The "fake" was designed to get the Lions to jump offsides and produce a first down. Didn't work; drew the flag. i would rather have had them go for it there, and to me it was curious, and certainly didn;t help Crosby's confidence that MM chose to go for it at the 30 in a 4th and 4 in the First Quarter, when the kick was very makable. They claim if the flag hadn't been thrown Crosby was going to go ahead with a 58 yd attempt-- which seems crazy. Given how he's been kicking lately, the odds of him converting had to be no more than 25%. I was relieved with the flag and the punt it then produced.

Something must have happened with Green in practice this week-- either a minor injury they wouldn't disclose or some other issue. It didn't surprise me that Starks got the ball as the #1, but Green never appearing was surprising. BTW, Packers have now been among league's worst 1st and 10 teams on offense for almost a year now. 28th this year, and the games from mid-November on last season (not including the LIons with Flynn as QB) weren't good in the main, either. In a nutshell, MM is too stubborn about running.

39
by Paul M (not verified) :: Mon, 11/19/2012 - 1:01pm

Some answers:

I too hated the end of half clock thing-- particularly since Crosby has been so poor lately. But.... it was their last timeout, I believe. So if they use it instantly after the sack, I think there is about 22 secoinds remaining, which means they would be right on the cusp of being able to clock the ball in time if Rodgers throws a complete pass over the middle. And they risk another sack which takes them out of FG range. And to be honest, what's the difference for Crosby between a 50 yarder and, say, a 42-43 yard kick? He's been bad from every over 30 distance lately. The sack was the problem, and that's on Rodgers as much as Sitton, who I think allowed that one.

The "fake" was designed to get the Lions to jump offsides and produce a first down. Didn't work; drew the flag. i would rather have had them go for it there, and to me it was curious, and certainly didn;t help Crosby's confidence that MM chose to go for it at the 30 in a 4th and 4 in the First Quarter, when the kick was very makable. They claim if the flag hadn't been thrown Crosby was going to go ahead with a 58 yd attempt-- which seems crazy. Given how he's been kicking lately, the odds of him converting had to be no more than 25%. I was relieved with the flag and the punt it then produced.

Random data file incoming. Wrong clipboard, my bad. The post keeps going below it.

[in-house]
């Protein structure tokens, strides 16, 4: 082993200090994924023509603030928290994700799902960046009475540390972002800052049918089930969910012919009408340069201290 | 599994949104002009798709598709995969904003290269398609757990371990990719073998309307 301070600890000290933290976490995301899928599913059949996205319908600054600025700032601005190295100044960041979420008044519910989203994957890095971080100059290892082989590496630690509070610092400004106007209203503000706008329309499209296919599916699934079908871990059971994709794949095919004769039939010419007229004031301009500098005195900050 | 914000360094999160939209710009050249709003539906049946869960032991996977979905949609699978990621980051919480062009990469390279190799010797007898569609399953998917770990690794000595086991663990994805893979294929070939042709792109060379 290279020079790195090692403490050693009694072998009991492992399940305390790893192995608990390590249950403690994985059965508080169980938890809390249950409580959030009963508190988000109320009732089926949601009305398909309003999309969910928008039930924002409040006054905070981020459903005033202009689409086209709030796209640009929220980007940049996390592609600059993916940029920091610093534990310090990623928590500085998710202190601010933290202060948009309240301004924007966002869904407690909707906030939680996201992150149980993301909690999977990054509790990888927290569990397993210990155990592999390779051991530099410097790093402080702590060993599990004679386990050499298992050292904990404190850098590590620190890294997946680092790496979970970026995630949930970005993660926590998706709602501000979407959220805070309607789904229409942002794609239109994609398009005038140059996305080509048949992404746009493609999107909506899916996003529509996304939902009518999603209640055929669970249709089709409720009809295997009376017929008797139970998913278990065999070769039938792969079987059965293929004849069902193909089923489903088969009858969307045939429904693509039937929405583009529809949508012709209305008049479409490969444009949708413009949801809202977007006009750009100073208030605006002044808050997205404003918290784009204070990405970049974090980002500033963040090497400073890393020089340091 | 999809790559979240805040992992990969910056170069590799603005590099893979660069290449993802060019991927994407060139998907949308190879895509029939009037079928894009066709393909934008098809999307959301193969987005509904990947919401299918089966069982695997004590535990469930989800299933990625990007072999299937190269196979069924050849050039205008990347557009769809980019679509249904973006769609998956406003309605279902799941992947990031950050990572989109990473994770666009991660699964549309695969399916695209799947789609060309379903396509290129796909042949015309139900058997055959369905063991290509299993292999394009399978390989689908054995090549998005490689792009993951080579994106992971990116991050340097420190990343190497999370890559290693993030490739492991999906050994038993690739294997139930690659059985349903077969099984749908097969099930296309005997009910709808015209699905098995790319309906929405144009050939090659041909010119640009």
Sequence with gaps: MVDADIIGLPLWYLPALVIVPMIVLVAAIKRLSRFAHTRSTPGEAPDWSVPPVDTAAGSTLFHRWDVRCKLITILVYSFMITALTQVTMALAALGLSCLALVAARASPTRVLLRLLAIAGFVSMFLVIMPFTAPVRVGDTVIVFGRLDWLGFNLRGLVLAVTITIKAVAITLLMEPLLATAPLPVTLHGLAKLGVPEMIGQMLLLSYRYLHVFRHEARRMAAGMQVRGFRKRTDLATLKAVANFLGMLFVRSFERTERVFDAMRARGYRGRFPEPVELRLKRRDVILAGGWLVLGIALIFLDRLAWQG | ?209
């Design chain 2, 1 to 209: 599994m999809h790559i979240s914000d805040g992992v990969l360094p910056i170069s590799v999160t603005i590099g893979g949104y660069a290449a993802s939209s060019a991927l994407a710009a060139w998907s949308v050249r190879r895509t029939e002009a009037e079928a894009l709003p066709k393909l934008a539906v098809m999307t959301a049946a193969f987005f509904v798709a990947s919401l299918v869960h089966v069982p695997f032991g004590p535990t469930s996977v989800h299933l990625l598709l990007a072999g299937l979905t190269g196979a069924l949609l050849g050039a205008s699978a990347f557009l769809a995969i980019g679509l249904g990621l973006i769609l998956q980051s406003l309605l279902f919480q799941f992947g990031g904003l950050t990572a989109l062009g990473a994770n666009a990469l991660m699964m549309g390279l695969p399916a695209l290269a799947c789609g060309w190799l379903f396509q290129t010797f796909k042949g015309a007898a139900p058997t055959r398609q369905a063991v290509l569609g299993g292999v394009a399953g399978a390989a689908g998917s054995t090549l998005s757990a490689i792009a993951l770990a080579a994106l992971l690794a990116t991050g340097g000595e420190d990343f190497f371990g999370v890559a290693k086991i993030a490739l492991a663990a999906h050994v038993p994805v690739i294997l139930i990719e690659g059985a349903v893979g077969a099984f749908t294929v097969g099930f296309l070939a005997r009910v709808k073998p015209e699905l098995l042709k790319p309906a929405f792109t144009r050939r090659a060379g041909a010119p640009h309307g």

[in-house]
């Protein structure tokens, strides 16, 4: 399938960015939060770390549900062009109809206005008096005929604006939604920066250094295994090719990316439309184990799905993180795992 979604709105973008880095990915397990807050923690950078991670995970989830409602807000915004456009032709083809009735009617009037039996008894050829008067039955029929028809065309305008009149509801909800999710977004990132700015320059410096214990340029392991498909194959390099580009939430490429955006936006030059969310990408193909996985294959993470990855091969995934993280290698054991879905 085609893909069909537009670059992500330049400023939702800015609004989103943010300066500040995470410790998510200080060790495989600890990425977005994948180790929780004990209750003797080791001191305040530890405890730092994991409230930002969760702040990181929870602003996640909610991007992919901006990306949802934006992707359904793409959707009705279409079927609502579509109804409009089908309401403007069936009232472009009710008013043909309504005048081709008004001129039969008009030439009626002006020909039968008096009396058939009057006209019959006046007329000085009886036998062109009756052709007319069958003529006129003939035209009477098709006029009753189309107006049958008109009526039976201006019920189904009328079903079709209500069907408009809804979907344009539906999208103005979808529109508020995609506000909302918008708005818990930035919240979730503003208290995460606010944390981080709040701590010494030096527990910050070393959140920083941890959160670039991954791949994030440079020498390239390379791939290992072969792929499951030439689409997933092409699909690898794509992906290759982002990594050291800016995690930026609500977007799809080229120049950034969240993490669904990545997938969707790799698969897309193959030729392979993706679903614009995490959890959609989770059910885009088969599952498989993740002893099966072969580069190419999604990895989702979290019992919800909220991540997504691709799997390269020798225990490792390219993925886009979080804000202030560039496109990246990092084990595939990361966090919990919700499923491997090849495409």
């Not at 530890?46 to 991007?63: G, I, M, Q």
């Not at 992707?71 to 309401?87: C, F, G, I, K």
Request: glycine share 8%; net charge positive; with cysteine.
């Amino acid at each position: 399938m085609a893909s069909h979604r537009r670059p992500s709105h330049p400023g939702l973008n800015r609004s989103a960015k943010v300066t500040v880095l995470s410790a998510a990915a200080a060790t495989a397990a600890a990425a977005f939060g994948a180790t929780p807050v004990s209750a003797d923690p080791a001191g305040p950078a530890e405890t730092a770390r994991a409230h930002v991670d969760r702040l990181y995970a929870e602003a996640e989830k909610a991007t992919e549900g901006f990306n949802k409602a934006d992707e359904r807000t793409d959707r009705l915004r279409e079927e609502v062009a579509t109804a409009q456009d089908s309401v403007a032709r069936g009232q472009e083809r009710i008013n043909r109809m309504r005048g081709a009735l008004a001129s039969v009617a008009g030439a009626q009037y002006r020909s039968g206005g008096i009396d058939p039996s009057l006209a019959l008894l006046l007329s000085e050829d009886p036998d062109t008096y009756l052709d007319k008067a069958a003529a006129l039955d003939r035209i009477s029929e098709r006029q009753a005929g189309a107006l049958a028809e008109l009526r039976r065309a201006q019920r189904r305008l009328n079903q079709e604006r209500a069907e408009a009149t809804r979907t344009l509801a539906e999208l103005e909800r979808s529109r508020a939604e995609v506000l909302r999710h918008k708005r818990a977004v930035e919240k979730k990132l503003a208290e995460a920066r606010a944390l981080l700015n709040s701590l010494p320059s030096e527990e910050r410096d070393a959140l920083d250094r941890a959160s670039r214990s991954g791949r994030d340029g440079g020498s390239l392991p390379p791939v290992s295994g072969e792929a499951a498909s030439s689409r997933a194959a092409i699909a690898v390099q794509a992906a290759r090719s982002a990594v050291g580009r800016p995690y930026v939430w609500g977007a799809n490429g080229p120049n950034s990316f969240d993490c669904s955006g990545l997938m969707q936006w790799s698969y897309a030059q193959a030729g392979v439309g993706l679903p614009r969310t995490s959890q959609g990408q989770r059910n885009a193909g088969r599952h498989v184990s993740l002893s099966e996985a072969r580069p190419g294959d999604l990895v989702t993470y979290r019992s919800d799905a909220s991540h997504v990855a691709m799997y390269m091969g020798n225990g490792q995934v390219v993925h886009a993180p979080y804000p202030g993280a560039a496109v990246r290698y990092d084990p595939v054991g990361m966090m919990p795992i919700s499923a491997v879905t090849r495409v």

Something must have happened with Green in practice this week-- either a minor injury they wouldn't disclose or some other issue. It didn't surprise me that Starks got the ball as the #1, but Green never appearing was surprising. BTW, Packers have now been among league's worst 1st and 10 teams on offense for almost a year now. 28th this year, and the games from mid-November on last season (not including the LIons with Flynn as QB) weren't good in the main, either. In a nutshell, MM is too stubborn about running.

18
by Anonymouse (not verified) :: Mon, 11/19/2012 - 11:44am

Why put off going for two? Wouldn't you like to know as soon as possible whether you need two scores or one?

Now, this is balanced by the risk that future game events (e.g. opponent kicks two field goals) will change the calculus and make that guaranteed one point more valuable than the iffy two points. Which is why you kick early in the game, but as time winds down and there's less chance of significant changes to the scoring, you start going for two.

Without doing the math, I think the end of the third quarter is probably not far from a cut-over time, so I'd agree this is a 'not obvious call'. (Again, of course, with typical owners, the incentive for NFL coaches is to be overly conservative, so from their point of view, the cut-over time is far later than would be ideal from a pure winning percentage point of view, and with that perspective, kicking is probably a no-brainer).

25
by Thunderbolt of ... :: Mon, 11/19/2012 - 12:16pm

While I agree with your conclusion, I don't even understand why the fact that future game events might change the calculus is even considered to be a risk that must be balanced.

Going for two is roughly a 50-50 proposition, so basically that decision increases the variance of your point total while keeping the expected value the same. Isn't that exactly what you want to do if you're behind? Sure, future game events might change the calculus in favor of taking the sure point - but they also might change it in a way that makes getting an early 2pc even more valuable.

67
by RickD :: Mon, 11/19/2012 - 2:39pm

"Going for two is roughly a 50-50 proposition..."

Well, if you average over all 2-point tries, this may be true. But on the field, the outcome isn't determined randomly, but based on the strength and execution of the people involved.